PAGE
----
(CNN) -- Belarus investigators described a suspect in Monday's subway bombing that killed 12 people as a 27-year-old man, but they were unsure about motives or if the bomber had help.
"We do not rule out that he had accomplices," Belarusian State Security Committee head Vadim Zaitsev said Tuesday.
Three other men have been held for questioning, Zaitsev said at a news conference.
Preliminary findings suggest the blast was caused by a radio-controlled device, and that no suicide bombers were involved, Belarusian officials said.
The Belarusian KGB is considering three possible motives behind the bombing, including an attempt at destabilizing the security situation in Belarus, revenge by extremist organizations, and an act by a madman, Zaitsev said.
He added that the KGB has not ruled out that the suspect, who was wearing a brown jacket and a brown wool hat, may have been a paid mercenary.
Police are studying closed-circuit TV camera recordings that might shed light on the crime, Belarus Interior Minister Anatoly Kuleshov said.
A train was standing at the Oktyabrskaya metro station in Minsk when a handmade bomb planted under a bench exploded Monday, officials said. The incident is described by officials as an act of terrorism.
The bomb, with estimated power equivalent of 5 kilograms of TNT, was stuffed with shrapnel, nails and small metal balls, the state-run news agency Belta reported, citing security officials.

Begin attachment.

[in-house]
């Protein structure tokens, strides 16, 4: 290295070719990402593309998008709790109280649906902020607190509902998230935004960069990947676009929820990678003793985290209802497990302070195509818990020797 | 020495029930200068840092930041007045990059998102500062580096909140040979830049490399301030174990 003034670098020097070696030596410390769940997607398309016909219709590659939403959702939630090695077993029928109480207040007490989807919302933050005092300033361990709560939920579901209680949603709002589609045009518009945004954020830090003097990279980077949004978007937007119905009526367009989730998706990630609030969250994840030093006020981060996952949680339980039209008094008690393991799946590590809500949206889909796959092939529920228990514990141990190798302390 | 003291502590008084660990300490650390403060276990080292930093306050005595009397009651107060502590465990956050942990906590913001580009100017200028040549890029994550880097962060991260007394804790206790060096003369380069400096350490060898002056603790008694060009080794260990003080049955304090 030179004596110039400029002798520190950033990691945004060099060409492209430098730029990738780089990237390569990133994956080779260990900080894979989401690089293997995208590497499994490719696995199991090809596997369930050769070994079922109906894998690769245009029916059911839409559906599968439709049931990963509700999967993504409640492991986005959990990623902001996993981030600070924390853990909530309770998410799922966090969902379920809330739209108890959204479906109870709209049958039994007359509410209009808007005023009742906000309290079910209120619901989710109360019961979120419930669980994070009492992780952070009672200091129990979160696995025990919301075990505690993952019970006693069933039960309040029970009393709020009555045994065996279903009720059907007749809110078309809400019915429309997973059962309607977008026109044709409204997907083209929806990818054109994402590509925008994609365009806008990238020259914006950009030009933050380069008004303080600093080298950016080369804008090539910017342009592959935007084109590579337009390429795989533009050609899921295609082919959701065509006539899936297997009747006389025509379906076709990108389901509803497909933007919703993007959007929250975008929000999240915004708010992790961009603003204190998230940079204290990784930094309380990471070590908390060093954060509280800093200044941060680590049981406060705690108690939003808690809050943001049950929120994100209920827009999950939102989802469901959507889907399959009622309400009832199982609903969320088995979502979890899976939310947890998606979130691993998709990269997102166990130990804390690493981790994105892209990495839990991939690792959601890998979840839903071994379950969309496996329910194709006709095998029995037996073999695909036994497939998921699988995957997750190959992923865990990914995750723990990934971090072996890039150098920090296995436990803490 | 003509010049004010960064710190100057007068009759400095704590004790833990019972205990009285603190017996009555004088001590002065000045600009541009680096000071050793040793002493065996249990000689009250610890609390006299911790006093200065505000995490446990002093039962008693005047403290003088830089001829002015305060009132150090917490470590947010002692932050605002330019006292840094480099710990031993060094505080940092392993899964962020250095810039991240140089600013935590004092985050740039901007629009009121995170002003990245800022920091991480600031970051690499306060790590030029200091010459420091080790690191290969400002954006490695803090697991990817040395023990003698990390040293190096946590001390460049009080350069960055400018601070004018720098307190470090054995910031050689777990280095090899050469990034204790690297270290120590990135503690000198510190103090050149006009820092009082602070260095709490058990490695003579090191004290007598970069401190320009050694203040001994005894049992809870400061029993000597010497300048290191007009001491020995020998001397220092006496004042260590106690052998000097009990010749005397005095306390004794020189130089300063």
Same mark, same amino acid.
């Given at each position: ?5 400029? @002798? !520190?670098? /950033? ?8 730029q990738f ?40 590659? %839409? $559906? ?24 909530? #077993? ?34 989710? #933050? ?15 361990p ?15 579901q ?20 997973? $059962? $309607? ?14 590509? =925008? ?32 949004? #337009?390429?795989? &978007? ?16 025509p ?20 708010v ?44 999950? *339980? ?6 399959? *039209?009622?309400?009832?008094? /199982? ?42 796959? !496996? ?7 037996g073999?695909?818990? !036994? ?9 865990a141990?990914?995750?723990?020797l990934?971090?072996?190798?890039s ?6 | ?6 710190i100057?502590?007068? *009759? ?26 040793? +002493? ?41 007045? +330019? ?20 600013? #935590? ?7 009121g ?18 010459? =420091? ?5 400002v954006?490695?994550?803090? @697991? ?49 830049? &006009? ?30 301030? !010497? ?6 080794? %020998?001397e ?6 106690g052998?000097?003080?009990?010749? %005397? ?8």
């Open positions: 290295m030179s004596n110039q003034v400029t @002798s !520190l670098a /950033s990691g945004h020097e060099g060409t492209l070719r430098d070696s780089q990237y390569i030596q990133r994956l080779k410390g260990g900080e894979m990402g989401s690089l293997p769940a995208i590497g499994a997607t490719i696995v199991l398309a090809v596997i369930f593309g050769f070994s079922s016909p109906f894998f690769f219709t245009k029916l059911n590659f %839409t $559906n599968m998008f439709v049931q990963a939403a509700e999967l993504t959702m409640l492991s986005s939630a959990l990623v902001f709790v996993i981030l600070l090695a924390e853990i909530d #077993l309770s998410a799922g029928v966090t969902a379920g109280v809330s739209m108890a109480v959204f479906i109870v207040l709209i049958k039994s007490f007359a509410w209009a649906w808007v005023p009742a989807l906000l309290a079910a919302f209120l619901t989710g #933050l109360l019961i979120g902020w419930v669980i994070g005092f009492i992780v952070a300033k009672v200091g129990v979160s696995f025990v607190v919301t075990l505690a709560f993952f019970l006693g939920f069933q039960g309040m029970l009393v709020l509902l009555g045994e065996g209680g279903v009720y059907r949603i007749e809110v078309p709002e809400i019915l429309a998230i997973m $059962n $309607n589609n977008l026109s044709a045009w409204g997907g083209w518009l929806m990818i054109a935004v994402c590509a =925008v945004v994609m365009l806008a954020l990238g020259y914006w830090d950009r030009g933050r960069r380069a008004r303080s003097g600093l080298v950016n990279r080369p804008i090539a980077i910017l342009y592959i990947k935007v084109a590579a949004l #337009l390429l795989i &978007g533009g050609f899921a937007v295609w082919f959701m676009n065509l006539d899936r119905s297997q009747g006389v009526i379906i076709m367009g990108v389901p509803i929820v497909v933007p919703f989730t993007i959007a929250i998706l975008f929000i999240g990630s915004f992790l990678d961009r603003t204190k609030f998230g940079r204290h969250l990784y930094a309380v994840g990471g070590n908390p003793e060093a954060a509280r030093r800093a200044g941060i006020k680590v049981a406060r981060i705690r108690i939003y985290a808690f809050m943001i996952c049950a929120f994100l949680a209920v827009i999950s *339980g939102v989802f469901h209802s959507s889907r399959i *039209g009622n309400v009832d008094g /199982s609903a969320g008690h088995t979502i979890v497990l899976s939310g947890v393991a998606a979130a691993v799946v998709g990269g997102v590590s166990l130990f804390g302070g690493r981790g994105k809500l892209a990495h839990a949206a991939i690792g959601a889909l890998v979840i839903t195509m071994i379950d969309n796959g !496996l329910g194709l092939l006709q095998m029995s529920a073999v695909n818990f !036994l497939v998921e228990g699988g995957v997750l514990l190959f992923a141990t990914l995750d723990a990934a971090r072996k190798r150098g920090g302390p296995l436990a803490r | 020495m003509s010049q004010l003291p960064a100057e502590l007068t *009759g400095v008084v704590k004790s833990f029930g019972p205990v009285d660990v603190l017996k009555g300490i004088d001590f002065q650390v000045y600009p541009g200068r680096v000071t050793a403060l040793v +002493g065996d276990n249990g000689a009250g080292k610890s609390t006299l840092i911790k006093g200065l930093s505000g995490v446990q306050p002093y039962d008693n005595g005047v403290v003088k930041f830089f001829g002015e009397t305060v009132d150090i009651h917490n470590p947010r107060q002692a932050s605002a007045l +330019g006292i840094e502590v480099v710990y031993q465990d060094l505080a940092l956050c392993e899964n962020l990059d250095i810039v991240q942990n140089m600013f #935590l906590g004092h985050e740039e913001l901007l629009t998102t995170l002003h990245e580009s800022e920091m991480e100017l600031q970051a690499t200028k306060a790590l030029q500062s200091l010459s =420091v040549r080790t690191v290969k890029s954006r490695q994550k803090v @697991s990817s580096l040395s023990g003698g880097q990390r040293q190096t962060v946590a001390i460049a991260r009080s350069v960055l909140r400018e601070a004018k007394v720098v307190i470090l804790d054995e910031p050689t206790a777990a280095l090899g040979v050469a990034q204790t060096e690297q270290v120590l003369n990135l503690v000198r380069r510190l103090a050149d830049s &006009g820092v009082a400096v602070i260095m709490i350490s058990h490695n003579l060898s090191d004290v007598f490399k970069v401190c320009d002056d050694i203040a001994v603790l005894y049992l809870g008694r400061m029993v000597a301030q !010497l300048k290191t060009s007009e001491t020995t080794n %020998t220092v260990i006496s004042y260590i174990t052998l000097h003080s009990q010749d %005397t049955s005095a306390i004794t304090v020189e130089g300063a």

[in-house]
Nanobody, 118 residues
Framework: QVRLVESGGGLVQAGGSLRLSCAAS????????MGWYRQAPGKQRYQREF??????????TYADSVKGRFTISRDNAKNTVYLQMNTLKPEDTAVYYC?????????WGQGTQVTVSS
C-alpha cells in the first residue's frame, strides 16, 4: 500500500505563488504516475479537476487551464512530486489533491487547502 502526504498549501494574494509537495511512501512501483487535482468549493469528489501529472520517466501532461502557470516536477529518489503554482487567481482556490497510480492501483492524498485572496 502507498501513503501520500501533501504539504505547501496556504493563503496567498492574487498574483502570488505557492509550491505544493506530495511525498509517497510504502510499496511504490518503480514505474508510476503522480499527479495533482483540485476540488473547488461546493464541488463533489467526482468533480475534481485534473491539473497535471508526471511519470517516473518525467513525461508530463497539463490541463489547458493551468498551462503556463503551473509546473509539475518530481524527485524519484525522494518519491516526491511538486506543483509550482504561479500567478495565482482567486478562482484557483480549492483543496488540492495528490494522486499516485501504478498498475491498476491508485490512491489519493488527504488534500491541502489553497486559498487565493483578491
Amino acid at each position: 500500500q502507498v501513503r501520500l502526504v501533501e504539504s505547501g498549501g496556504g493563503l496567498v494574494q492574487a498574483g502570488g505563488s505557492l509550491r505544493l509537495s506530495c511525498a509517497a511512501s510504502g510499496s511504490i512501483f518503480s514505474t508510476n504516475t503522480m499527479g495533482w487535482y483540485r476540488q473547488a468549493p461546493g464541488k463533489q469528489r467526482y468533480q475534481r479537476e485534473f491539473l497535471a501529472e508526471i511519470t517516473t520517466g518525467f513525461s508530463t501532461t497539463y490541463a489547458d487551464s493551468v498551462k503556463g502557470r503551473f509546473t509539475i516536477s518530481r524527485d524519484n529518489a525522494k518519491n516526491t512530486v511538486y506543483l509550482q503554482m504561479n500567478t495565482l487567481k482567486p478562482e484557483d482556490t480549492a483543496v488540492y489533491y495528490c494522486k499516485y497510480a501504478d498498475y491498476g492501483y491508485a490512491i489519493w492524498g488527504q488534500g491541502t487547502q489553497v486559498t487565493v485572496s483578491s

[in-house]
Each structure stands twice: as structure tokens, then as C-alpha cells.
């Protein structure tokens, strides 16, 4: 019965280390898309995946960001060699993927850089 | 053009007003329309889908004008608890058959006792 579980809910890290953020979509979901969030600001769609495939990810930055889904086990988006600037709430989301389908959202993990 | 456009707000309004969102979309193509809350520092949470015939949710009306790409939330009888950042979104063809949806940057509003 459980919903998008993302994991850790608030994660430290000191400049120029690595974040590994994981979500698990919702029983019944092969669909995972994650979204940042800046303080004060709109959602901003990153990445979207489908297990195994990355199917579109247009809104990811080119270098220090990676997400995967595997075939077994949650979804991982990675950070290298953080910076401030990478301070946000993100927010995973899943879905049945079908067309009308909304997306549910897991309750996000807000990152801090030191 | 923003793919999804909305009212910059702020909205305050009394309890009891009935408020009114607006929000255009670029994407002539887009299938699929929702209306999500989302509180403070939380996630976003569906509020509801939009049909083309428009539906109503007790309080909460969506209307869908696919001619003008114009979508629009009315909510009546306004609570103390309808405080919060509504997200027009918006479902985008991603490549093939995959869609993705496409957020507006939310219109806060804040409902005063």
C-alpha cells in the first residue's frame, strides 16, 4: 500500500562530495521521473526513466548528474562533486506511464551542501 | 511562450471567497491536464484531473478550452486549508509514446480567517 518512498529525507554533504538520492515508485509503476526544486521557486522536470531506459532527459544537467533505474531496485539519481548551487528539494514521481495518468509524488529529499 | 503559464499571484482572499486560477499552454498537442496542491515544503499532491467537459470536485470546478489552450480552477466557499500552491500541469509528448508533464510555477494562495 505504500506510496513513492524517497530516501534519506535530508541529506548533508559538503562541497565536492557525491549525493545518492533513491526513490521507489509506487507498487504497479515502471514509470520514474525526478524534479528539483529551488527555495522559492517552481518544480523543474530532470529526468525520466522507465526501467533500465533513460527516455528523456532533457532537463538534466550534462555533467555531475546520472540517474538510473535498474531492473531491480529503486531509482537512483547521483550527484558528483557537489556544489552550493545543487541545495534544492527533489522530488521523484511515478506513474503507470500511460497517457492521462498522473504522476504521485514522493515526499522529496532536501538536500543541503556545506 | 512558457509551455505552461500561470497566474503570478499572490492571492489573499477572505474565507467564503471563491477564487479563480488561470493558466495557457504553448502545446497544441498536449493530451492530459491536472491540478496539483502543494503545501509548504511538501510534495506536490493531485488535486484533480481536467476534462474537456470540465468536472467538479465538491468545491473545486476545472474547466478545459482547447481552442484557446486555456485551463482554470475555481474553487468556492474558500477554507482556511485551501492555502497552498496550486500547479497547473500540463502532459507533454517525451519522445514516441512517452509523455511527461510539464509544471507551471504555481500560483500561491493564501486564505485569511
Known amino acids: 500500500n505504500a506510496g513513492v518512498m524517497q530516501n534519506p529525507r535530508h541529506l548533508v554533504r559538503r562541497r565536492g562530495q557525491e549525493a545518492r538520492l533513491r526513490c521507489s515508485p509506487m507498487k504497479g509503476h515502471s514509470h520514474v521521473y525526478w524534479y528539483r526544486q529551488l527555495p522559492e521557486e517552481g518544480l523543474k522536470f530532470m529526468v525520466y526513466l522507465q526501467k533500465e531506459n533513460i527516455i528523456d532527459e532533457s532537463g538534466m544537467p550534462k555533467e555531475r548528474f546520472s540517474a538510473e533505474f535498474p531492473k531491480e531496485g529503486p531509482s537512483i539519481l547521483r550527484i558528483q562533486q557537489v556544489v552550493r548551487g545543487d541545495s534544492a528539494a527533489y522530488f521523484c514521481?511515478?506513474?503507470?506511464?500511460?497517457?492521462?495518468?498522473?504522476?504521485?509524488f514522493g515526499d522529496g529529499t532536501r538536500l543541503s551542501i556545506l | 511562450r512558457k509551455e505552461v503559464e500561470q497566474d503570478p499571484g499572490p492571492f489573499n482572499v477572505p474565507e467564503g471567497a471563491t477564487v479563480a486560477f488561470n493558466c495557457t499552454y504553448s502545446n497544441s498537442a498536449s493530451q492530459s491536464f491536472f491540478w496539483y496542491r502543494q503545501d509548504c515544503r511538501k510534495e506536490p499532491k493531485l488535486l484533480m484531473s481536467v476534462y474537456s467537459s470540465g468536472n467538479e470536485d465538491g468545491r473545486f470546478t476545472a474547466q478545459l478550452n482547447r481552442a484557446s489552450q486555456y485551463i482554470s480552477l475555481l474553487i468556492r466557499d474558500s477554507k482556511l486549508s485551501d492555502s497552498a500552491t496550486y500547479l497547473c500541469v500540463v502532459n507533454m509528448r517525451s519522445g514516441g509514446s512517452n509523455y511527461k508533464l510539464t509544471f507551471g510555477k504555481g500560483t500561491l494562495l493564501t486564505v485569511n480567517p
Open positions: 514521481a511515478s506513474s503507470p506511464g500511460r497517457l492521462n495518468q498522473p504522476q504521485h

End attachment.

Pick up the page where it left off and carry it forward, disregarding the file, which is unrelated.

The death toll rose to 12 when one of the victims died in a hospital early Tuesday, RIA Novosti reported.
"Experienced investigators and criminalists" from Russia's investigative committee were on their way to Minsk to help with the investigation, according to the committee's website.
Zaitsev said Belarus welcomes the international help.
"We will not refuse help from other countries either," he said.
Victims' families will receive $10,000 from the government and their funeral expenses will be covered, Belarus state media reported Tuesday. Funerals are expected to take place Wednesday and Thursday, according to the city hall in Minsk.
More than 150 people have been hospitalized, and some of the wounded are in serious or critical condition, Russian media said.
The government declared there will be a national day of mourning on Wednesday, Belta said.
U.N. Secretary-General Ban Ki-moon issued his condolences. British Minister for Europe David Lidington expressed his shock.
"I understand that the Belarusian authorities believe this was an act of terrorism. The United Kingdom utterly condemns all such actions, and our thoughts are with all of those affected by this tragic event," he said.
Russian President Dmitry Medvedev called the blast a "terrorist attack" and offered to help investigate who was behind the explosion, the Kremlin said in a statement.
Medvedev made the remarks in a telephone call with Belarusian President Alexander Lukashenko, who later said at an emergency government meeting that he accepted the offer of assistance.
Lukashenko ordered officials to increase public transport security, according to the state-run news agency Belta.
He also instructed security officials to investigate whether this latest blast could have any connection with an explosion in downtown Minsk in July 2008, Belta reported. That bomb went off during an open-air concert, injuring some 55 people.
"Perhaps, they are linked. Establish who could benefit in disrupting the calm and stability in the country and find out who is behind the attack," Lukashenko said, according to Belta.
CNN's Maxim Tkachenko contributed to this report